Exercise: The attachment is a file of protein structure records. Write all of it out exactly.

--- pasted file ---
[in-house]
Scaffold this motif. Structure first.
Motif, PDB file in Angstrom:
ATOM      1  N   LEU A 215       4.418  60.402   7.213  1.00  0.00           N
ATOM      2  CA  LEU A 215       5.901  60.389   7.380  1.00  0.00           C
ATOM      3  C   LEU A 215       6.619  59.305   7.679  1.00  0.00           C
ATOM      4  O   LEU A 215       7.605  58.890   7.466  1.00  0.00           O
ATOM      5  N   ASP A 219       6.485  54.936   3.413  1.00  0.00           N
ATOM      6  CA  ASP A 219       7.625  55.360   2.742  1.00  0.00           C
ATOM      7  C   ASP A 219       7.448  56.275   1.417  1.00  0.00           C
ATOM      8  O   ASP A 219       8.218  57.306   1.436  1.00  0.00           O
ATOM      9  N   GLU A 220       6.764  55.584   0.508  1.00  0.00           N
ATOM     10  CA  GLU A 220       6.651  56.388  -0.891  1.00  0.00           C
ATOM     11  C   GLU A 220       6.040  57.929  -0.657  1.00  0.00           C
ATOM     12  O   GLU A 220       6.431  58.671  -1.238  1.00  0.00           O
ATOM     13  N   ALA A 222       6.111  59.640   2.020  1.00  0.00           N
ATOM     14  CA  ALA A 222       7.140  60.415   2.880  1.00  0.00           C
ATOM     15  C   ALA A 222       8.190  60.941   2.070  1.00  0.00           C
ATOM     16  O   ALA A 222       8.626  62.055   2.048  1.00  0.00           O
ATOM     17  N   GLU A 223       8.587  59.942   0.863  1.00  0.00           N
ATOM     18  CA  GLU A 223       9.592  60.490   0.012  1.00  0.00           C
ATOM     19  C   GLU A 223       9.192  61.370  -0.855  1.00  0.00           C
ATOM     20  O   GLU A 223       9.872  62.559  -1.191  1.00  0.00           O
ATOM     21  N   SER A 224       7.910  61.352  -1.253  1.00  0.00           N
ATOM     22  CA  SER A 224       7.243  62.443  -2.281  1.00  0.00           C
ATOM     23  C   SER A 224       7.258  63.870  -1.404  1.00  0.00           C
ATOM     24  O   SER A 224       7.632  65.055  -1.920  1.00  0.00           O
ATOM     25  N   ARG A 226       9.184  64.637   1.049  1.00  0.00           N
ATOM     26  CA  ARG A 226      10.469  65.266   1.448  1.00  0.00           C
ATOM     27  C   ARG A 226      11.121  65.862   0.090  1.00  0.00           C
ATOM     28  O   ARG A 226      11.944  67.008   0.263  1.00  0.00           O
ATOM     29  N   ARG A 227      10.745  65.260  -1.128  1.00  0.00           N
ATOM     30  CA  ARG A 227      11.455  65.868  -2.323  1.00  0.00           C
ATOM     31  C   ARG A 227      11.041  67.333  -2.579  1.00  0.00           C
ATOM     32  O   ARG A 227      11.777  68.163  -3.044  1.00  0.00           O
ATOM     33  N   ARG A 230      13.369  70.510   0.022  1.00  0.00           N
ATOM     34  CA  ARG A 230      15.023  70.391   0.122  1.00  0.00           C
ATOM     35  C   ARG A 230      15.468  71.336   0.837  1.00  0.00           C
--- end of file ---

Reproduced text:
[in-house]
Scaffold this motif. Structure first.
Motif, PDB file in Angstrom:
ATOM      1  N   LEU A 215       4.418  60.402   7.213  1.00  0.00           N
ATOM      2  CA  LEU A 215       5.901  60.389   7.380  1.00  0.00           C
ATOM      3  C   LEU A 215       6.619  59.305   7.679  1.00  0.00           C
ATOM      4  O   LEU A 215       7.605  58.890   7.466  1.00  0.00           O
ATOM      5  N   ASP A 219       6.485  54.936   3.413  1.00  0.00           N
ATOM      6  CA  ASP A 219       7.625  55.360   2.742  1.00  0.00           C
ATOM      7  C   ASP A 219       7.448  56.275   1.417  1.00  0.00           C
ATOM      8  O   ASP A 219       8.218  57.306   1.436  1.00  0.00           O
ATOM      9  N   GLU A 220       6.764  55.584   0.508  1.00  0.00           N
ATOM     10  CA  GLU A 220       6.651  56.388  -0.891  1.00  0.00           C
ATOM     11  C   GLU A 220       6.040  57.929  -0.657  1.00  0.00           C
ATOM     12  O   GLU A 220       6.431  58.671  -1.238  1.00  0.00           O
ATOM     13  N   ALA A 222       6.111  59.640   2.020  1.00  0.00           N
ATOM     14  CA  ALA A 222       7.140  60.415   2.880  1.00  0.00           C
ATOM     15  C   ALA A 222       8.190  60.941   2.070  1.00  0.00           C
ATOM     16  O   ALA A 222       8.626  62.055   2.048  1.00  0.00           O
ATOM     17  N   GLU A 223       8.587  59.942   0.863  1.00  0.00           N
ATOM     18  CA  GLU A 223       9.592  60.490   0.012  1.00  0.00           C
ATOM     19  C   GLU A 223       9.192  61.370  -0.855  1.00  0.00           C
ATOM     20  O   GLU A 223       9.872  62.559  -1.191  1.00  0.00           O
ATOM     21  N   SER A 224       7.910  61.352  -1.253  1.00  0.00           N
ATOM     22  CA  SER A 224       7.243  62.443  -2.281  1.00  0.00           C
ATOM     23  C   SER A 224       7.258  63.870  -1.404  1.00  0.00           C
ATOM     24  O   SER A 224       7.632  65.055  -1.920  1.00  0.00           O
ATOM     25  N   ARG A 226       9.184  64.637   1.049  1.00  0.00           N
ATOM     26  CA  ARG A 226      10.469  65.266   1.448  1.00  0.00           C
ATOM     27  C   ARG A 226      11.121  65.862   0.090  1.00  0.00           C
ATOM     28  O   ARG A 226      11.944  67.008   0.263  1.00  0.00           O
ATOM     29  N   ARG A 227      10.745  65.260  -1.128  1.00  0.00           N
ATOM     30  CA  ARG A 227      11.455  65.868  -2.323  1.00  0.00           C
ATOM     31  C   ARG A 227      11.041  67.333  -2.579  1.00  0.00           C
ATOM     32  O   ARG A 227      11.777  68.163  -3.044  1.00  0.00           O
ATOM     33  N   ARG A 230      13.369  70.510   0.022  1.00  0.00           N
ATOM     34  CA  ARG A 230      15.023  70.391   0.122  1.00  0.00           C
ATOM     35  C   ARG A 230      15.468  71.336   0.837  1.00  0.00           C